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2010 started off well with many auction houses and fairs reporting good solid trade.  The year has started to highlight more problems with locating better quality specimens.  As eBay offers a free listing facility for some sellers who don't sell their coins first time around, we have noted that there appears to be a plethora of poor quality coins being uploaded almost on a weekly basis.  We aim to promote the sale of good quality, collectable specimens although feel that with eBay's lack of any input just about any old Tom, Dick or Harry can list anything.  For years now numsimatists have been pushing the cause to have a good on-line coins site where genuine buyers and sellers can come together to enjoy the hobby.  The 'on-line coins' site remains as the only site to offer this facility but, sadly, even that has suffered as the same dealers keep re-listing their stock.  There are too few private sellers on this particular site.

It has saddened us to see that SPINK have decided to reduce the frequency this year of their CIRCULAR magazine to just a mere five editions each year.  We feel that in today's strong market that this is a backward step.  Their new 2010 edition of the 'Coins of England & the United Kingdown' has shown some marked increases with the Victoria 'Gothic Head' florin series showing a massive 25% increase over the 2009 values.  The Victoria 'Young Head' halfcrowns in top grade are also showing good increases of 15-20%.  Many rarities that were unrecorded are now listed and with Michael Gouby's new book on the bronze 'bun head' penny being released we are pleased to say that documentation is better than ever.  At £25 the SPINK book has proved to be excellent value too.

Gold has continued to remain very strong reaching £725 per Troy ounce in early 2010 (February).  Bullion dealers are now well stocked on krugerrands and sovereigns (in 2009 stocks had run out completely).  We see the metal consolidating in 2010 with the dollar strengthening.  This will encourage US buyers to spend more on UK coins being sold over here which can only help to boost the market.

There still remains a distinct shortage of top quality Britsh copper and bronze on the coin market since 2008.  This suggests that many collectors are holding on to their quality pieces awaiting to see how the market performs.  As a result, pieces which do come on to the market, either via ebay or the auction houses are fetching huge premiums.  Victoria 'Bun Head' pennies in choice UNC are still holding their value well and, of course the tough dates sell for top money.  The June 2009 sale of an 1864 penny in UNC with a little lustre made just under £2,000.  In 2008 an all-time record was achieved for the sale of an 1863 die number 5 Victoria Bronze 'Bun Head' Penny of just over £20,000 (including commission).  The coin is, as far as we know, unique.  Late last year an 1863 'slender 3' penny was sold by Steve Lockett's London Coins for an amazing £20,000 also (there are just two known).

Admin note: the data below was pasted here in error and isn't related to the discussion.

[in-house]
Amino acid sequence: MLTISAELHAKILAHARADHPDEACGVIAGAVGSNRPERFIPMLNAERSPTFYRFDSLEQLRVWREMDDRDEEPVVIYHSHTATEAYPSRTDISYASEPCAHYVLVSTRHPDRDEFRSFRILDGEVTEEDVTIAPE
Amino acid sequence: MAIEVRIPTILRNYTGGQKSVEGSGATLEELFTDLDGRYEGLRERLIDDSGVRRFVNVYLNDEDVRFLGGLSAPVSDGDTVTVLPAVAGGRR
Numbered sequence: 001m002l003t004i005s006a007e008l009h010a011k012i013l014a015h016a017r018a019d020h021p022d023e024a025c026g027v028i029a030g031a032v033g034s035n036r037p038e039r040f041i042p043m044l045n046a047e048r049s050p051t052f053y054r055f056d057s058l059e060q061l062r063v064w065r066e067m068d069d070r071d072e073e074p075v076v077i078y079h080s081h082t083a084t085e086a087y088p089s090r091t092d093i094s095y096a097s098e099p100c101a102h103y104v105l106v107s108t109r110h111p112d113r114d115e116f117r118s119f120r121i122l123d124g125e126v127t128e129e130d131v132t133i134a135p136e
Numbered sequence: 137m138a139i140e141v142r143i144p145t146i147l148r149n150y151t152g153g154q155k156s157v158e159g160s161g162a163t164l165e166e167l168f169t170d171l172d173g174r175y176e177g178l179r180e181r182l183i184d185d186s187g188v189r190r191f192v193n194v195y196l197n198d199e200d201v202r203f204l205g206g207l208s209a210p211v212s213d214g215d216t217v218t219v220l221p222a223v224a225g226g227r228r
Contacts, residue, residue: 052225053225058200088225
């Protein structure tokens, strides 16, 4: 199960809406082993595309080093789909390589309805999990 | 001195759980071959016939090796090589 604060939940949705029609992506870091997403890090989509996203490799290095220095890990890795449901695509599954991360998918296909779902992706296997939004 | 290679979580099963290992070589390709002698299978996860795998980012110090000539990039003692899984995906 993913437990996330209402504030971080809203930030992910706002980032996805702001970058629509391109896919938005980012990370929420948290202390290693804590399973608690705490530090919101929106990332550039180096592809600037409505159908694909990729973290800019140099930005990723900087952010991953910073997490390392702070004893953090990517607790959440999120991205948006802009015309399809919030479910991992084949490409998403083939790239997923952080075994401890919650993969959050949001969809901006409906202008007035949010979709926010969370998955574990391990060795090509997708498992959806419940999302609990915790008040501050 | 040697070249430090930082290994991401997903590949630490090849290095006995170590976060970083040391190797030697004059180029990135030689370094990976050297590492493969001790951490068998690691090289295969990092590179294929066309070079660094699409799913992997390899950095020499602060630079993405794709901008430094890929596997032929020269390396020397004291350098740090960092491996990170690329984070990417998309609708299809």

A very worrying development last year was the emergence of a factory in China producing huge quantities of fake British and foreign coins working from fake dies.  We have managed to track down information on the internet showing what is happening in much greater detail.

If you 'google' the words 'Chinese-Counterfeiting-Ring' this will send you to a link - click on 'Enter Gallery'

There are several unscrupulous sellers on eBay from China pretending to sell 'genuine' British coins when in fact they are fakes.  What is most worrying is that the quality is very good and it is hard to distinguish them from the real thing.  We have noted that one seller does actually stamp the wording 'REPLICA' on the obverse although cannot understand why anyone here in the UK would wish to purchase a piece of metal?

The coin book publications such as 'English Silver Coinage' by P. Alan Rayner (known by collectors and dealers alike as ESC), despite not having been printed since 1992 continue to assist the buyer or seller with rarities.  However, almost 20 years later, it is now showing anomalies and the coin market clearly needs an updated version of this book.

We would be very keen to hear from other coin collectors on this fascinating and rewarding hobby and welcome any comments on the article above.



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